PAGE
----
Sun, January 25, 2009
World > Middle East > Israeli assault on Gaza

Gaza schools reopen after one-month suspension

2009-01-24 14:36:05 GMT2009-01-24 22:36:05 (Beijing Time)  Xinhua English

Gaza children pose for photos during their break in the Beit Loliya Boys Elementary School in Gaza city Jan. 24, 2009. Some 200,000 Gaza children returned to school for the first time since Israel's offensive. (Xinhua/Zhang Ning)

Gaza children have physical exercise class in the Beit Loliya Boys Elementary School in Gaza city Jan. 24, 2009. Some 200,000 Gaza children returned to school for the first time since Israel's offensive. (Xinhua/Zhang Ning)

Gaza children play basketball during their break in the Beit Loliya Boys Elementary school in Gaza city Jan. 24, 2009. Some 200,000 Gaza children returned to school for the first time since Israel's offensive. (Xinhua/Zhang Ning)

GAZA, Jan. 24 (Xinhua) -- In the aftermath of the 22-day Israeli military offensive on Gaza Strip, which unilaterally ended a week ago, schools run by the Hamas-ruled Ministry of Education and the UN were back to work on Saturday.

Israel declared a unilateral ceasefire last week following a three-week air and ground offensive on the enclave, killing and wounding thousands of people. Thousands of homes, mosques and schools were also destroyed by Israeli missiles, bombs and shells, leaving tens of thousands of people homeless.

The United Nations Relief and Works Agency for Palestine Refugees in the Near East (UNRWA) spokesman Adnan Abu Hasna has earlier said that some 36 schools that his humanitarian organization runs were opened to shelter around 40,000 people, who had their homes being destroyed or evacuated during the war.

Gaza education officials estimated that 250,000 pupils went back to their classrooms in 384 schools spread all over the enclave, amid a status of sadness, shock and despair. According to official reports, Israel has also destroyed 35 UNRWA and governmental schools.

Dona Matta, a 16-year-old Gaza Christian pupil who studied at Gaza City's Holy Family School said she was "completely shocked" when she went back to school this morning.

"I discovered that my classmate Christine al-Torok was killed during the war," Matta said, adding "It's nice to get back to school after all what happened. I'm happy to be back, but I'm very sad at the same time to see that Christine's vacant."

Schools in northern Gaza Strip towns of Beit Lahia and Jabalia gained the worst destruction ever. Around 24 schools in that area were totally destroyed, ten of them temporarily renovated, a fact that obliged the pupils to spend the day in other schools, which either were renovated or were not damaged.

"The war is over now. There are so many people killed and many houses destroyed, but the psychological conditions of the people are still bad and we need a long time for a physiological therapy," said Matta.

The Ministry of Education pointed out in a statement that they are facing many troubles with the schools that had been damaged in southern Gaza.

A statement sent to reporters said these schools will be enforced to join two or three classes in one room, rising the number of pupils in the single class to 120 each. As a matter of fact, their ability of understanding is weakened.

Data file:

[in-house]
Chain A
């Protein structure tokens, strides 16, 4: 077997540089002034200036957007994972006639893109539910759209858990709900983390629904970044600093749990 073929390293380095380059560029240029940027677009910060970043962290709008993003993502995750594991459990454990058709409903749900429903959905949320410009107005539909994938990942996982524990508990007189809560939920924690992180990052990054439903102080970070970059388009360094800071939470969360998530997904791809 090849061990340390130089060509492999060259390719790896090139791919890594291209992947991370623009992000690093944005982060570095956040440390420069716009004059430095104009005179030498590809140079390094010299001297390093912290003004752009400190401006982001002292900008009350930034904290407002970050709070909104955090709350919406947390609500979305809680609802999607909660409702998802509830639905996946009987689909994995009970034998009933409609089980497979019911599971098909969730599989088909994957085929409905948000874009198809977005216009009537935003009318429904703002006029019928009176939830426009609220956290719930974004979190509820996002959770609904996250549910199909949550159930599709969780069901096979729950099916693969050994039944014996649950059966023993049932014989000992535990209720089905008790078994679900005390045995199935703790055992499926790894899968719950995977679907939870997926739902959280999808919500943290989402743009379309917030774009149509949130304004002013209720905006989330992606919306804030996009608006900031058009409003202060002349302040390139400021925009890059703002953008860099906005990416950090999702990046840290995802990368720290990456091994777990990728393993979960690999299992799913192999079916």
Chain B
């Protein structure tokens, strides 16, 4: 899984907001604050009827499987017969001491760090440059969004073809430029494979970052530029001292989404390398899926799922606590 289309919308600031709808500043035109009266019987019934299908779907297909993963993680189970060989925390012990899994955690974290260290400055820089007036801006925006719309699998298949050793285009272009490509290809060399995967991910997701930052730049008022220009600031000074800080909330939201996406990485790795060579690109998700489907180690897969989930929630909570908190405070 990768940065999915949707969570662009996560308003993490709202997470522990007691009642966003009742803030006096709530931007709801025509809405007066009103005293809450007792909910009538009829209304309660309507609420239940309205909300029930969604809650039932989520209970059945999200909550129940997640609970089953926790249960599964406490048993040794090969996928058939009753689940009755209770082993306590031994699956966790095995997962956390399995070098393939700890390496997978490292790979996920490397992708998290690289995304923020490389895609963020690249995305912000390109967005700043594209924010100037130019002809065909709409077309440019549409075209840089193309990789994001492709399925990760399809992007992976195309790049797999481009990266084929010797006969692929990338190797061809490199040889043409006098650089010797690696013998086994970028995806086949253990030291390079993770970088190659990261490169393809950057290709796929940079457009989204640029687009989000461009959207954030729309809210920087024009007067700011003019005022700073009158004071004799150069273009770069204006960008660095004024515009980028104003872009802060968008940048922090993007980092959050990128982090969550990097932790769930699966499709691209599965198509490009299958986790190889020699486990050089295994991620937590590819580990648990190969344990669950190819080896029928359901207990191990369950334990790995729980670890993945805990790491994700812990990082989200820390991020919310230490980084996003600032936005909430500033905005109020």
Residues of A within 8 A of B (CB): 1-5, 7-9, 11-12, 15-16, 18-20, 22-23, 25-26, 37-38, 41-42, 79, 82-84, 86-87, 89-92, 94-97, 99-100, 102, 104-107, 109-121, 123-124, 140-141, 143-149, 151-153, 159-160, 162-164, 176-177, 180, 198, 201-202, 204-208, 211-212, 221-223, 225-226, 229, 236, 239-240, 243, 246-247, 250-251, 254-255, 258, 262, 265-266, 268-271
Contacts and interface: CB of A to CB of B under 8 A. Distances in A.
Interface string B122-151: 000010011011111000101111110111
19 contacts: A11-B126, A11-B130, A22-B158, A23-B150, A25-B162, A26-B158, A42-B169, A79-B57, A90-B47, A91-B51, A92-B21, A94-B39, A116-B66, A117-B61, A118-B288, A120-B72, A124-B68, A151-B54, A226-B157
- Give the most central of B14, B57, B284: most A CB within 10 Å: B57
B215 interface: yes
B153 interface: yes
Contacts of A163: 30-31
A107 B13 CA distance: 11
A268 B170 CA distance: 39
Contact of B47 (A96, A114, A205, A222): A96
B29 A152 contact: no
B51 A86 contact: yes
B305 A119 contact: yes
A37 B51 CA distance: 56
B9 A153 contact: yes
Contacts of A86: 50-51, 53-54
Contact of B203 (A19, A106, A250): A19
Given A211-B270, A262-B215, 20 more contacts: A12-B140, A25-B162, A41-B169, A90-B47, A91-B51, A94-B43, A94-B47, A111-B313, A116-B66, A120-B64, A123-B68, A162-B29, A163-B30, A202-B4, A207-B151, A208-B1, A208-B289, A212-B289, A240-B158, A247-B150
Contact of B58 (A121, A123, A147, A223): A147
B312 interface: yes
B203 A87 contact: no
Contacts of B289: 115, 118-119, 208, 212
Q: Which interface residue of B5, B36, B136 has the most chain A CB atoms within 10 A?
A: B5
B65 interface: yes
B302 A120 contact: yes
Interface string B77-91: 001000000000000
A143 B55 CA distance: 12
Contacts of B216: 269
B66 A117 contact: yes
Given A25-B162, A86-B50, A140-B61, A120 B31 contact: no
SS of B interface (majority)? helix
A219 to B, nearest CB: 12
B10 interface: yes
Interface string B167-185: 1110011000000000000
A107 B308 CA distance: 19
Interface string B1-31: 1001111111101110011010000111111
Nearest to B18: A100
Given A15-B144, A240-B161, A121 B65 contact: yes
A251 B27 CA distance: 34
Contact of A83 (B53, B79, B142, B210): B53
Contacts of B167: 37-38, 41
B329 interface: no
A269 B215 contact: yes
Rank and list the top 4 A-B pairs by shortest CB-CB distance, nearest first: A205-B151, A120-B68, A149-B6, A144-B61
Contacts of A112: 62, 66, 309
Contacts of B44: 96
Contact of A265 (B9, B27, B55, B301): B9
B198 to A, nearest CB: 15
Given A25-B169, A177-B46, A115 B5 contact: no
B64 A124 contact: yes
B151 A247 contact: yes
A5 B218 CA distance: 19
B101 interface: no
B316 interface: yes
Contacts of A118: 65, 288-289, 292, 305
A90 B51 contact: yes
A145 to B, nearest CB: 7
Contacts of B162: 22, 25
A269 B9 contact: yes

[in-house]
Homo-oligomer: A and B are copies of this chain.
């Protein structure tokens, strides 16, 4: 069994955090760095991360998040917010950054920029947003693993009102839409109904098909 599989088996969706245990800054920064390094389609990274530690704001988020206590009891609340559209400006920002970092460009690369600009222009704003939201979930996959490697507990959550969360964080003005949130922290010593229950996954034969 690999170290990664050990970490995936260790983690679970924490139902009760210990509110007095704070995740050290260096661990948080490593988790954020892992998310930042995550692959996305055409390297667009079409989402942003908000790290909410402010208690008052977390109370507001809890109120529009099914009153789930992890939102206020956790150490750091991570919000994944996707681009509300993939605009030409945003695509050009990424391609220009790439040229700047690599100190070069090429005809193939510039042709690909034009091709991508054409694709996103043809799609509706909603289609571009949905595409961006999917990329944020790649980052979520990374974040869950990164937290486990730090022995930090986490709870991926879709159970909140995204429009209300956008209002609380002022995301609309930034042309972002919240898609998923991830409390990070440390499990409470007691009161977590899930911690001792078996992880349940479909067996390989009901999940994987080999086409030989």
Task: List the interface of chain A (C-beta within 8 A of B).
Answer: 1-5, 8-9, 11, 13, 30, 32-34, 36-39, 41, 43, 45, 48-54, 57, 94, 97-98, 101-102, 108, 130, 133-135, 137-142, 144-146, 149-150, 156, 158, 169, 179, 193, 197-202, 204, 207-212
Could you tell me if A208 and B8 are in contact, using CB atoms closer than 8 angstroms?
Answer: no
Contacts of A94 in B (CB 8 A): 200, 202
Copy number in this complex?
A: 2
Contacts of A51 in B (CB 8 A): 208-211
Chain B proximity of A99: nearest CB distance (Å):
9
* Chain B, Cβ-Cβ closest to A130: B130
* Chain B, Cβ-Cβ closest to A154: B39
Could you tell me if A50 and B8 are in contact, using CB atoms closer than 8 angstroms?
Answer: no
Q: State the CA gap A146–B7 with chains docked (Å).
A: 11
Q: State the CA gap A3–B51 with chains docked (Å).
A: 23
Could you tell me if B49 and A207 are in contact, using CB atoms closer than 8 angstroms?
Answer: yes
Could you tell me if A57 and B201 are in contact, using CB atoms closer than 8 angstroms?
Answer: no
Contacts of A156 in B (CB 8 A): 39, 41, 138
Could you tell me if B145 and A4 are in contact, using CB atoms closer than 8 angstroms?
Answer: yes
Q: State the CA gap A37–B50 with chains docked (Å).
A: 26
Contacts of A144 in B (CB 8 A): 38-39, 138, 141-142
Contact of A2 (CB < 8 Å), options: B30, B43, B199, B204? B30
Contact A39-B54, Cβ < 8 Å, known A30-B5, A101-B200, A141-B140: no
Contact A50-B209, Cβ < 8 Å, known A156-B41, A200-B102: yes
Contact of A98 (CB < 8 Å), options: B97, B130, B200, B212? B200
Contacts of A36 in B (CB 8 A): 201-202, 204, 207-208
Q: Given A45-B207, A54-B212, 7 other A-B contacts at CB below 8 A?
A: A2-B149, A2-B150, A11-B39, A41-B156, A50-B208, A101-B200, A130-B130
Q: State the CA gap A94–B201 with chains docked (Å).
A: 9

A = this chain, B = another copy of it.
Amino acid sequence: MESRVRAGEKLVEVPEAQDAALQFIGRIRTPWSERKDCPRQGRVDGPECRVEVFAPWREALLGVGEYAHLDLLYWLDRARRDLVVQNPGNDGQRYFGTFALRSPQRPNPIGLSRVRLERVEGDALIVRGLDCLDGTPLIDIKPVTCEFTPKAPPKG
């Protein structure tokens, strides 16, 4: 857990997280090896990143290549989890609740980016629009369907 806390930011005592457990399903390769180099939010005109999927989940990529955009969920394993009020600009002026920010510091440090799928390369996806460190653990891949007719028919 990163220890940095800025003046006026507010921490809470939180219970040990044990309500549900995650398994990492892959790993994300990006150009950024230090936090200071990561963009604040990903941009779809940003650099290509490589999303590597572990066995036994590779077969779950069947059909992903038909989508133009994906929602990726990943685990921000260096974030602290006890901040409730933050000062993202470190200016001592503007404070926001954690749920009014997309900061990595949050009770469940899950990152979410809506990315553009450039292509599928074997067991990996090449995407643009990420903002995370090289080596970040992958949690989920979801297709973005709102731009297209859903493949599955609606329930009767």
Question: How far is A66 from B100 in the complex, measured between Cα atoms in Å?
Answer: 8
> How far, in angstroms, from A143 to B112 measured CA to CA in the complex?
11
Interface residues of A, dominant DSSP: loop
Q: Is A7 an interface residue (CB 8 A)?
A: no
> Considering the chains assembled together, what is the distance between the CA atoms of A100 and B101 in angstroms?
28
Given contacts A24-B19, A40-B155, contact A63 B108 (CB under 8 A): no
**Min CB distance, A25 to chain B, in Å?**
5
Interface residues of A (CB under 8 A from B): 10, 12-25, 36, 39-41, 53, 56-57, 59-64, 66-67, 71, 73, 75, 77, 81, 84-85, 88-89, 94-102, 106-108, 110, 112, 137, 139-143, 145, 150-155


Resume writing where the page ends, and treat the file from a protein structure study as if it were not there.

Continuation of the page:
After reaching their damaged schools that were directly targeted by rockets, students were shocked to know that many of their friends were either killed or critically injured, which madethem feel sorrow.

Mohamed Abu Jalala, a 15-year-old pupil from Jabalia refugee camp school of al-Fakhoura, which was shelled by tanks with some 55 civilians killed during the war, said "It was very difficult to get back to our school which was a shelter for families and was hit by bombs."

"I can still see marks of the bombs on the walls of the school. It was very difficult and hard, not only for me, but also for all our classmates and children who came back to school today," said Mohamed.

He added with sadness and sorrow that four of his classmates were killed and ten others of other classrooms are still hospitalized. "I'm very disappointed and sad. I hate Israel for what it did to us, and I think no one would forgive Israel for the crimes it committed against us."

During the 22-day Israeli offensive, medical officials said that 1,334 were killed, including 437 children, adding that 5,450 were wounded. Many of them died of their sustained wounds.

"This week was specialized for psychological rehabilitation for the pupils to support them and give them the chance to talk freely about what they have inside," said the Ministry of Education.

Teachers also will be instructed to be able to deal with the families who lost their homes during the war. These families are still living there till they can find another place.

The ministry added that they are about to make a statistic for the pupils to know the figure of dead pupils. It also will provide aid to those who lost their homes.

Many of the families who are taking refuge at UNRWA schools said they are fed up with the life they have there especially after resuming the academic year. They asked for moving to other places or even tents to protect them from cold weather and rain.

"I believe that this is not the end. Gaza exists, Israel exists and the conflict will keep going on even if there is a ceasefire. This conflict will only end when peace between us and Israel is reached," said Lara Darweesh, a 17-year-old high-school pupil.

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